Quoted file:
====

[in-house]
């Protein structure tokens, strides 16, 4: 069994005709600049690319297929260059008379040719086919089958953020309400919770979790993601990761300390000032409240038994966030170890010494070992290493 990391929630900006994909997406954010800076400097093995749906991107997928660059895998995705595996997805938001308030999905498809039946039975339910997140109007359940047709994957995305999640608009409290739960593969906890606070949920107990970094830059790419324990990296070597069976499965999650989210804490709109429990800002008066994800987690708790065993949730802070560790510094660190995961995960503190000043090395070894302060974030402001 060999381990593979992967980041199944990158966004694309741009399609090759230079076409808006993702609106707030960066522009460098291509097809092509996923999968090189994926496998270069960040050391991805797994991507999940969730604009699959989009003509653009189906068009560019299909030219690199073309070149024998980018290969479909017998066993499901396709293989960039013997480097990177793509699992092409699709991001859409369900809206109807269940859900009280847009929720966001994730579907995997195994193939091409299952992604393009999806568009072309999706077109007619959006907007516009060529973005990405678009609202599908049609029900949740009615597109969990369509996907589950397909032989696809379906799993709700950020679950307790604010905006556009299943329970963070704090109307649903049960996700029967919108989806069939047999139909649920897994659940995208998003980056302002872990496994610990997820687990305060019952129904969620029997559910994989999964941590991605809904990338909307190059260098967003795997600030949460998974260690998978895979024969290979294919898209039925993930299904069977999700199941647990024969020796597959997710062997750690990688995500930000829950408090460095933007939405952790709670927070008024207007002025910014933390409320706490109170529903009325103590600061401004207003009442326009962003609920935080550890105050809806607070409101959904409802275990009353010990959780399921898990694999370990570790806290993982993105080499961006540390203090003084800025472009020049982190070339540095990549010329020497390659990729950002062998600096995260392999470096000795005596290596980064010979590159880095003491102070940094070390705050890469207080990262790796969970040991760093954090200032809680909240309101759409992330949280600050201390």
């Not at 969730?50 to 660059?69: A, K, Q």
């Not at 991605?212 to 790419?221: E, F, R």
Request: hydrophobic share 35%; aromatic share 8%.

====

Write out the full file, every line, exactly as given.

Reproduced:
[in-house]
């Protein structure tokens, strides 16, 4: 069994005709600049690319297929260059008379040719086919089958953020309400919770979790993601990761300390000032409240038994966030170890010494070992290493 990391929630900006994909997406954010800076400097093995749906991107997928660059895998995705595996997805938001308030999905498809039946039975339910997140109007359940047709994957995305999640608009409290739960593969906890606070949920107990970094830059790419324990990296070597069976499965999650989210804490709109429990800002008066994800987690708790065993949730802070560790510094660190995961995960503190000043090395070894302060974030402001 060999381990593979992967980041199944990158966004694309741009399609090759230079076409808006993702609106707030960066522009460098291509097809092509996923999968090189994926496998270069960040050391991805797994991507999940969730604009699959989009003509653009189906068009560019299909030219690199073309070149024998980018290969479909017998066993499901396709293989960039013997480097990177793509699992092409699709991001859409369900809206109807269940859900009280847009929720966001994730579907995997195994193939091409299952992604393009999806568009072309999706077109007619959006907007516009060529973005990405678009609202599908049609029900949740009615597109969990369509996907589950397909032989696809379906799993709700950020679950307790604010905006556009299943329970963070704090109307649903049960996700029967919108989806069939047999139909649920897994659940995208998003980056302002872990496994610990997820687990305060019952129904969620029997559910994989999964941590991605809904990338909307190059260098967003795997600030949460998974260690998978895979024969290979294919898209039925993930299904069977999700199941647990024969020796597959997710062997750690990688995500930000829950408090460095933007939405952790709670927070008024207007002025910014933390409320706490109170529903009325103590600061401004207003009442326009962003609920935080550890105050809806607070409101959904409802275990009353010990959780399921898990694999370990570790806290993982993105080499961006540390203090003084800025472009020049982190070339540095990549010329020497390659990729950002062998600096995260392999470096000795005596290596980064010979590159880095003491102070940094070390705050890469207080990262790796969970040991760093954090200032809680909240309101759409992330949280600050201390």
């Not at 969730?50 to 660059?69: A, K, Q």
């Not at 991605?212 to 790419?221: E, F, R």
Request: hydrophobic share 35%; aromatic share 8%.